Labour Force Survey Highlights 2015
The data presented is drawn from Statistics Canada’s Labour Force Survey. It shows rates of unemployment1 in Canada’s tourism sector by province and industry group2.
All data presented here is seasonally unadjusted to allow comparisons between the tourism sector and the overall economy. As such, monthly and annual numbers for Canada’s entire labour force will differ from the seasonally adjusted numbers that are commonly reported on.
Annual Average Unemployment by Industry
Unemployment levels in the tourism sector were lower than in the overall economy. Of the five industry groups that make up the tourism sector, only accommodations had an unemployment rate that was higher than the overall economy.
Annual Average Unemployment by Province (Tourism vs. Labour Force)
The highest rates of unemployment occurred in the Eastern regions of Canada. Prince Edward Island had the highest tourism unemployment rate at 12.8. It was the only province where tourism unemployment exceeded overall unemployment. In every other province, the tourism sector experienced lower unemployment than the overall economy.
National Monthly Unemployment Rate (Tourism vs. Labour Force)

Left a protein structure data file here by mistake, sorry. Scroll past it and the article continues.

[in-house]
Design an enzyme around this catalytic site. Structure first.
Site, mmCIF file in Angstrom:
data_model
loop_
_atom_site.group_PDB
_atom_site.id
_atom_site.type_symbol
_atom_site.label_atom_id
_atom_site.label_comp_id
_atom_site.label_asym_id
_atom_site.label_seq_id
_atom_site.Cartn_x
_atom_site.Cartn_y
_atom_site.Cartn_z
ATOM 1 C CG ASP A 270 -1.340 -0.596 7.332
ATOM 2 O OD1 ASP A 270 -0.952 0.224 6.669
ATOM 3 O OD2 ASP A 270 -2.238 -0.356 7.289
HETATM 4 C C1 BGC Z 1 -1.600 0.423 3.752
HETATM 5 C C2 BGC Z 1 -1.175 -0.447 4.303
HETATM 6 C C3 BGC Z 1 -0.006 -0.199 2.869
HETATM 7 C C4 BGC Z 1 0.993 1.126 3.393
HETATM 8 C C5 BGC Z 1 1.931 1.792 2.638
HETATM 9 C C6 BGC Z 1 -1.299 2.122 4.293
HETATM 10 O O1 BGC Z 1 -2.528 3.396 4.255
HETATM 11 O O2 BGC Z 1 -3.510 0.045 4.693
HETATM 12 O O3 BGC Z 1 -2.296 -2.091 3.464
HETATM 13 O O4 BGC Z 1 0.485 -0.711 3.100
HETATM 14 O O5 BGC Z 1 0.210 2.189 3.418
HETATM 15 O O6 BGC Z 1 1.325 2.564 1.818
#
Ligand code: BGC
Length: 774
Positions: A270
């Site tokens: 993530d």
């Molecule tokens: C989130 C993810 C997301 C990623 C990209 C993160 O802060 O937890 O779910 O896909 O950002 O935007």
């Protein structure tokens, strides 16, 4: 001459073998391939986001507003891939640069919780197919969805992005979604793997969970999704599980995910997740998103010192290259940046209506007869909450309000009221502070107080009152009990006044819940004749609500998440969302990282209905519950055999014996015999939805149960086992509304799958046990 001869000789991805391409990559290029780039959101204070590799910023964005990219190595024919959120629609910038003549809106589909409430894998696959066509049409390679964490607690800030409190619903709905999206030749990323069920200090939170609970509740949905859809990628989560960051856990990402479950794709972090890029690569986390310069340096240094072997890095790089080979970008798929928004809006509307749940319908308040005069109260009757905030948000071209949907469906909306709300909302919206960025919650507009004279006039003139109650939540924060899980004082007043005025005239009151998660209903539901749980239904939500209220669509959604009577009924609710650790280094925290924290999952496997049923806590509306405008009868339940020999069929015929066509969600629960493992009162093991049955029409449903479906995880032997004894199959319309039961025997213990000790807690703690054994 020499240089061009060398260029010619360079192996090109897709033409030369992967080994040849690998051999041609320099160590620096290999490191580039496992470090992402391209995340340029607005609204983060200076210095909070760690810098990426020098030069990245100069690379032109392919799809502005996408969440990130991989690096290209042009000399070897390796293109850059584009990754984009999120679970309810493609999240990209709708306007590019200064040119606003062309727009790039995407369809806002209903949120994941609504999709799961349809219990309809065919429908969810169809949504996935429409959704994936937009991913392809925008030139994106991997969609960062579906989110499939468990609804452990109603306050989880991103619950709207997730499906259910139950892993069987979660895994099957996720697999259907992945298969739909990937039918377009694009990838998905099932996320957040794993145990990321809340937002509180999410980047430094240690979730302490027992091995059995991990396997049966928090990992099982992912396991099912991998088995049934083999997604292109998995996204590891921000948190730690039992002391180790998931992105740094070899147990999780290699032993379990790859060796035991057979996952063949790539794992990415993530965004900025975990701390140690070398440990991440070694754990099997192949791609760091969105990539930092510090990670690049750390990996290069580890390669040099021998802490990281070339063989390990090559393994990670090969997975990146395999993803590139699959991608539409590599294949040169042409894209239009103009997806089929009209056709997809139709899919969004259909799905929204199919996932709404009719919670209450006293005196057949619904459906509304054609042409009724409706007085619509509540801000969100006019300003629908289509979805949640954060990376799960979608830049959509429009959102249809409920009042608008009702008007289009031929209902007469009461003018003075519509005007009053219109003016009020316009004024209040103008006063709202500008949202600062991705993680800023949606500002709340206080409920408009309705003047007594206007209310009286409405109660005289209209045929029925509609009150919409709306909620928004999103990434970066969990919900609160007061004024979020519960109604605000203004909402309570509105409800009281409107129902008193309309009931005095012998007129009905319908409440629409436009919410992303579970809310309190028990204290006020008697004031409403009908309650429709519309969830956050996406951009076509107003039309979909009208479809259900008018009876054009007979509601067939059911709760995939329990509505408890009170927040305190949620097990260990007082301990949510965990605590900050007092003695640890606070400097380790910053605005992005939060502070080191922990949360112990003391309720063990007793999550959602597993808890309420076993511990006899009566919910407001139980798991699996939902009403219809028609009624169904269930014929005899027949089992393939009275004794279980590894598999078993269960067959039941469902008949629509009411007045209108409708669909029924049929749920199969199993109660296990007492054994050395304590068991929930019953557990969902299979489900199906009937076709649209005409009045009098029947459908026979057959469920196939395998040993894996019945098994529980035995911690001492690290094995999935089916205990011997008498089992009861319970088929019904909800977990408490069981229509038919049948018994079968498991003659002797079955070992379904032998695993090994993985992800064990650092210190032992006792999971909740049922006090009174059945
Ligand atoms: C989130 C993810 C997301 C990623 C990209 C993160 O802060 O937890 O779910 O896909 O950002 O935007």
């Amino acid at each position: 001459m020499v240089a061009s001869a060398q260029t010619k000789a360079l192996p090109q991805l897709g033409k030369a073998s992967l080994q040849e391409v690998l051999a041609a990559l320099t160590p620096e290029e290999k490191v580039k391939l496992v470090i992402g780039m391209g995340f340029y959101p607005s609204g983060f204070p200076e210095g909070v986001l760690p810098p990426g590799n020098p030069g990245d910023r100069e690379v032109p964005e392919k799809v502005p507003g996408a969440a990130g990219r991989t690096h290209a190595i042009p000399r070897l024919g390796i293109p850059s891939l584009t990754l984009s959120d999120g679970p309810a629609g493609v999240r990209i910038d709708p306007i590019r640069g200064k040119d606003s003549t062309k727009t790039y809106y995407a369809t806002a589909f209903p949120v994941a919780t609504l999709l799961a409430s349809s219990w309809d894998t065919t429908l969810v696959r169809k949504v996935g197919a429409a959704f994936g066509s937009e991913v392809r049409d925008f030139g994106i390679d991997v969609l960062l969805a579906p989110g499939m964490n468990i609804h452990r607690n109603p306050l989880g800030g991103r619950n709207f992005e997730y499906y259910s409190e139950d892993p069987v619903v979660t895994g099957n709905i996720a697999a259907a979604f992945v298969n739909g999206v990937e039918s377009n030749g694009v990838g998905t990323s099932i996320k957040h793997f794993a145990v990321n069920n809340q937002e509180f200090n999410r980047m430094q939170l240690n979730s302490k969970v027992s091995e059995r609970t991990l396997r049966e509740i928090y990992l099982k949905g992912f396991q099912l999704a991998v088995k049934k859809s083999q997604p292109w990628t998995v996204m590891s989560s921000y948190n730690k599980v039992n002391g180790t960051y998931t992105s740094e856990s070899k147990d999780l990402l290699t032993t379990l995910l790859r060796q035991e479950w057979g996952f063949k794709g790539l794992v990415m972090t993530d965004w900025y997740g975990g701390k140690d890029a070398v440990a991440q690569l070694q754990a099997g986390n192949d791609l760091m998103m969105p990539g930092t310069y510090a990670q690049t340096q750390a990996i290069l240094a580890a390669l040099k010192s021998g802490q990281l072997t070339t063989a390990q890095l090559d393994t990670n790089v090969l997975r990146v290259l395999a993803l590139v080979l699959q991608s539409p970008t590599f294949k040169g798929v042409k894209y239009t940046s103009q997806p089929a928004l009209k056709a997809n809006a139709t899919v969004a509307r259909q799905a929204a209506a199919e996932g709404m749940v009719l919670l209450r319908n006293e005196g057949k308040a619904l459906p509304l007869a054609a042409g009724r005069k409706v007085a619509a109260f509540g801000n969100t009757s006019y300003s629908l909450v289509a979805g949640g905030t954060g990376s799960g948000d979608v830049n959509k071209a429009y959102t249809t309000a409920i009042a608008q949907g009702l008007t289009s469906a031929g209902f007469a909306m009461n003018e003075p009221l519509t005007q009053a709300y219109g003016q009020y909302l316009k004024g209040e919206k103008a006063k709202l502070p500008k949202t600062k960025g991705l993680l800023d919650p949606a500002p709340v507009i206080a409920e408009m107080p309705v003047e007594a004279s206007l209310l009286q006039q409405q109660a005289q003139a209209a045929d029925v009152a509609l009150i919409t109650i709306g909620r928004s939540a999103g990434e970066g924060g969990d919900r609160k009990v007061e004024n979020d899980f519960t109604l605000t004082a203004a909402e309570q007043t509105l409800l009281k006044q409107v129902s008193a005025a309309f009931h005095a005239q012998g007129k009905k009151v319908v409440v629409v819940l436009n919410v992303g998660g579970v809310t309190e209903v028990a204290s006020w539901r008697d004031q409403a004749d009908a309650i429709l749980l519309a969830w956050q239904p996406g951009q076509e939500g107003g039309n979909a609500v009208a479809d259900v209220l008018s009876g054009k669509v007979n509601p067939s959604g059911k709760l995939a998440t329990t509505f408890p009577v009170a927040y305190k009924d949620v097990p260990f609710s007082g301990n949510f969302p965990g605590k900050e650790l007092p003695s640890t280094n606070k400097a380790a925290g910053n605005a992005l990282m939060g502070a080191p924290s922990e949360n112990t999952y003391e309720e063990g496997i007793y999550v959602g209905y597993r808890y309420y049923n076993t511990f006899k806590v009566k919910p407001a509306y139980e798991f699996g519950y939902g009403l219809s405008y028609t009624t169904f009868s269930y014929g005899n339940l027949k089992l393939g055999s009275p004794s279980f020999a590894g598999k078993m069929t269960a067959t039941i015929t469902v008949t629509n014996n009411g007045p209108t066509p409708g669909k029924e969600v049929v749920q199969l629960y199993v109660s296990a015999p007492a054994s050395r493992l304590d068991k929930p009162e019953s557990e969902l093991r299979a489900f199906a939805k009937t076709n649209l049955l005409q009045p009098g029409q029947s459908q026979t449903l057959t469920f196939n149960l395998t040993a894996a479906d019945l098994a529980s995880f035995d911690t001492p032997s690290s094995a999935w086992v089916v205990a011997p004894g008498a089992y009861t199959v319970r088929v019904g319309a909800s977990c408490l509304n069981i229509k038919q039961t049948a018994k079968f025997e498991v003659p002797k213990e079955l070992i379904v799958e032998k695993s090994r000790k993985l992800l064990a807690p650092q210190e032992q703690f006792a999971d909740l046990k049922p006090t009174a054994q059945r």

Tourism had its lowest levels of unemployment in the summer months, with the higher rates in April and November.
Annual Unemployment Rate (Tourism vs. Labour Force) 2005–2015
Between 2005 and 2008, the tourism unemployment rate closely mirrored that of the Canadian economy. However, since 2008, those rates have diverged. Tourism unemployment has consistently been about a percentage point lower than the overall unemployment rate since 2009.
1 To determine unemployment rates, industrial (NAICS) classifications are based on the most recent job held within the past year, and are self-identified by the respondent. Unemployed persons are those who, during the reference period, were available for work but were: on temporary layoff; were without work; or were to start a new job within four weeks.
2 As defined by the Canadian Tourism Satellite Account. The NAICS industries included in the tourism sector are those that would cease to exist or operate at a significantly reduced level of activity as a direct result of an absence of tourism.